I also can't believe the time and resources that have been wasted here at BCT. We have so much potential to train, and end up learning almost nothing. Sometimes I feel like the drill sergeants have never had to teach before. To be fair, they probably haven't.

But why aren't they trained to? Why aren't our country's best psychologists and professionals working on cutting-edge techniques to train the soldiers, be more efficient, etc? While I'm on the subject, why are we still using gear and driving trucks that look like they're from World War I?

Some day I'll get a Ph.D. and dedicate my life to studying training techniques for soldiers. The only this is... Who knows how many people have wasted their life's research on that just to be told, "That's not how we do it in the Army." Or to be completely ignored.

Why are the people I've met in the Army so unprofessional? And scared of change? And slow to fix problems? I hope these are not the qualities they're talking about that I'm supposed to come out of BCT with.

May 17

Wow, I don't know why I was so passionate about that rant yesterday. While it's partially true, I know there are some things in the military that I don't understand yet why they are the way they are.

BCT is like the movie Karate Kid. We do all these dumb things like holding our drink cups to our chests, getting down into a push-up in 2 movements, getting yelled at for not keeping our heels together in the chow hall. Then one day you realize, you have to hold a grenade the same way you hold your drink cup, to make sure you don't blow yourself up. And you get down to low crawl with your weapon when you're under fire the same way you get down into the push-up stance. And you have to be calm under pressure when people are yelling orders at you from all directions. All these little habits we've been building up the past 6 weeks and didn't even realize might save our lives in combat. (Another one: Palms on the ground during Power Jump exercise = crouch stance when ducking after throwing grenade.)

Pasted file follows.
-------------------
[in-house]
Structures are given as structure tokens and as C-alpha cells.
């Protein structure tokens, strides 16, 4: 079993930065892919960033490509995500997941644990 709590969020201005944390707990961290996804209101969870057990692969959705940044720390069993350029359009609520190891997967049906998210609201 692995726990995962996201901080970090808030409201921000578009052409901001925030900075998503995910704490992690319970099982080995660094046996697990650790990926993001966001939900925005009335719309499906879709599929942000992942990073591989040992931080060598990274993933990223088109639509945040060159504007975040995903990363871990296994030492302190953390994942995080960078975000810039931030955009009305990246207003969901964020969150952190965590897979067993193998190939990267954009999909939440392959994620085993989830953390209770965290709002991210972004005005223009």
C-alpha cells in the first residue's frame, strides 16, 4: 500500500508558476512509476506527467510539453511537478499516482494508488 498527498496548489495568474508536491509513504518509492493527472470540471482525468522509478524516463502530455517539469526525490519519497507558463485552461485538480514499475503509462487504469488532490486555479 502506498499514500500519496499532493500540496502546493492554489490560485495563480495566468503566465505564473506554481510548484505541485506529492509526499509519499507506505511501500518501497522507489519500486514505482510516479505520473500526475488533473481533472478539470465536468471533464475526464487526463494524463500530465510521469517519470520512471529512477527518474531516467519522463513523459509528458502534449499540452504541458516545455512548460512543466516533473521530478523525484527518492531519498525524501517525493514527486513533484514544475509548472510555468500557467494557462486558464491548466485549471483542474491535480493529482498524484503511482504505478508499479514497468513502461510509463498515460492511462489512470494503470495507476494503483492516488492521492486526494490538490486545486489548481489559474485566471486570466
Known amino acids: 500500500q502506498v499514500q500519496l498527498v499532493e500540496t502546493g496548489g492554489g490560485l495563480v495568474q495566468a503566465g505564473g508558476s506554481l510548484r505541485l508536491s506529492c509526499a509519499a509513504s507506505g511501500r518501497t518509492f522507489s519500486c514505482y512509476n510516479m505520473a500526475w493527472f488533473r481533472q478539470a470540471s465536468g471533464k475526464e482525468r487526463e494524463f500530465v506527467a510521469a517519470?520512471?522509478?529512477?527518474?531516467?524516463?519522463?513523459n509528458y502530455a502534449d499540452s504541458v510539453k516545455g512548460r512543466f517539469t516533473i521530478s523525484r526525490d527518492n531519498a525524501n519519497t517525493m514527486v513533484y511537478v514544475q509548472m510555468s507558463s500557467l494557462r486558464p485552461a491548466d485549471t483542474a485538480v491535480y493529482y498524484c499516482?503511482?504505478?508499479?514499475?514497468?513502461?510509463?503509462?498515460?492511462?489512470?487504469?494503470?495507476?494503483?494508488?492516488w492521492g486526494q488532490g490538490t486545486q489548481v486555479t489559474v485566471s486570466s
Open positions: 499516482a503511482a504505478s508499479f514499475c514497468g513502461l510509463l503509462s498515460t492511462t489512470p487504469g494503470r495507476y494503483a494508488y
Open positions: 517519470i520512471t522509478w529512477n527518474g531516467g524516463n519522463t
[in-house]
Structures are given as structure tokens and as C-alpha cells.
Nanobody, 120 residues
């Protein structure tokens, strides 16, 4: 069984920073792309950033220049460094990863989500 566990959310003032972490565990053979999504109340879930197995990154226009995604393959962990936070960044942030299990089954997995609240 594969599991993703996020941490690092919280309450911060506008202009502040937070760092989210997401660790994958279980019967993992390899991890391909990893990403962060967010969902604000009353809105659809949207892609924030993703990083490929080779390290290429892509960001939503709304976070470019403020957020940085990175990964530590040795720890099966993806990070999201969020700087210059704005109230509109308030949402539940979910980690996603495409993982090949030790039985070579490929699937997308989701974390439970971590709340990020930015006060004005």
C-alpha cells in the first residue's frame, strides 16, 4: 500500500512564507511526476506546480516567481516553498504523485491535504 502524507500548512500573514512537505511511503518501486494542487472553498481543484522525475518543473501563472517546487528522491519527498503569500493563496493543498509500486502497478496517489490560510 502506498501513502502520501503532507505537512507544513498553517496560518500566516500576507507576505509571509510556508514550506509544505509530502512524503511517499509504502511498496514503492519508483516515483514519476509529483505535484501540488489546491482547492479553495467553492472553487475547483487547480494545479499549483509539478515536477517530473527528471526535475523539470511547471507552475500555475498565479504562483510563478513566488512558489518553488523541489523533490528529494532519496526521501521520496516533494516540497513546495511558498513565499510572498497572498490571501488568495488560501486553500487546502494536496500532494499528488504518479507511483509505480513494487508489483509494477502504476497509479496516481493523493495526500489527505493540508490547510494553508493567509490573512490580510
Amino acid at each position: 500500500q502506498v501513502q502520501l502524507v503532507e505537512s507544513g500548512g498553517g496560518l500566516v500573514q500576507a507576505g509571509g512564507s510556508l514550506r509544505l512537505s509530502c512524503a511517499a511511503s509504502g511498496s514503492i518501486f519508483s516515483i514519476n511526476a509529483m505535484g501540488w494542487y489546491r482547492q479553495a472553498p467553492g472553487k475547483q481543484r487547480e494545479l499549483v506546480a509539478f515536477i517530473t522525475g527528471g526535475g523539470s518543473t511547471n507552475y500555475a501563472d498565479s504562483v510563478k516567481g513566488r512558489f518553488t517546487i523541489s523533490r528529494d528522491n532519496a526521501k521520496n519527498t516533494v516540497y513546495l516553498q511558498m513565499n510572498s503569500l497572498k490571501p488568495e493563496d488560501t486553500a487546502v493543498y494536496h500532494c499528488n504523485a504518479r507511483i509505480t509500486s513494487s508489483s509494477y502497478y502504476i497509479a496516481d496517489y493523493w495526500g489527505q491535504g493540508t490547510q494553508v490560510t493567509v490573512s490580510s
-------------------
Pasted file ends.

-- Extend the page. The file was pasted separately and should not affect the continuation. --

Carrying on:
Today we went to the real OMAHA course and practiced going through it with blank rounds. Senior drill sergeant almost gave me and Eversmann a compliment. He told the group after us (loud enough for us to hear), "I hope you're paying attention because they're actually not doing it wrong!"

The drill sergeants have chilled way out since Red and White phase. I even passed the drill sergeant table at chow once recently (that's right, the drill sergeants sit down and eat now, instead of standing over us yelling the whole time we eat) and I thought I heard one say, "I dunno, I'm still rooting for Bravehart to win."

I have been known to mishear things though.

May 18

Today we went through OMAHA for real, and Eversmann and I did great. One more major graduation requirement out of the way.

A guy in our platoon heat catted, so we made our platoon cover/recover (the thing we say when we're forming up), his name + "Drink water!" I thought that was pretty funny.

I'm surprised more of us didn't heat cat. Jumping around all day in our IOTVs, FLCs, and all the gear during a Heat Cat 5 is just asking for someone to pass out. I think I came this close to being the next cover/recover chant.

After OMAHA we came home and-- surprise-- cleaned our weapons for the rest of the night. We clean them down in formation and we're not allowed to talk or anything, so it sucks. Someone talked anyway, and we all lost our 5-minute White phase phone call the drill sergeants have been holding back for a while. Of course I'm not sure who I would call anyway, so I guess it's all right.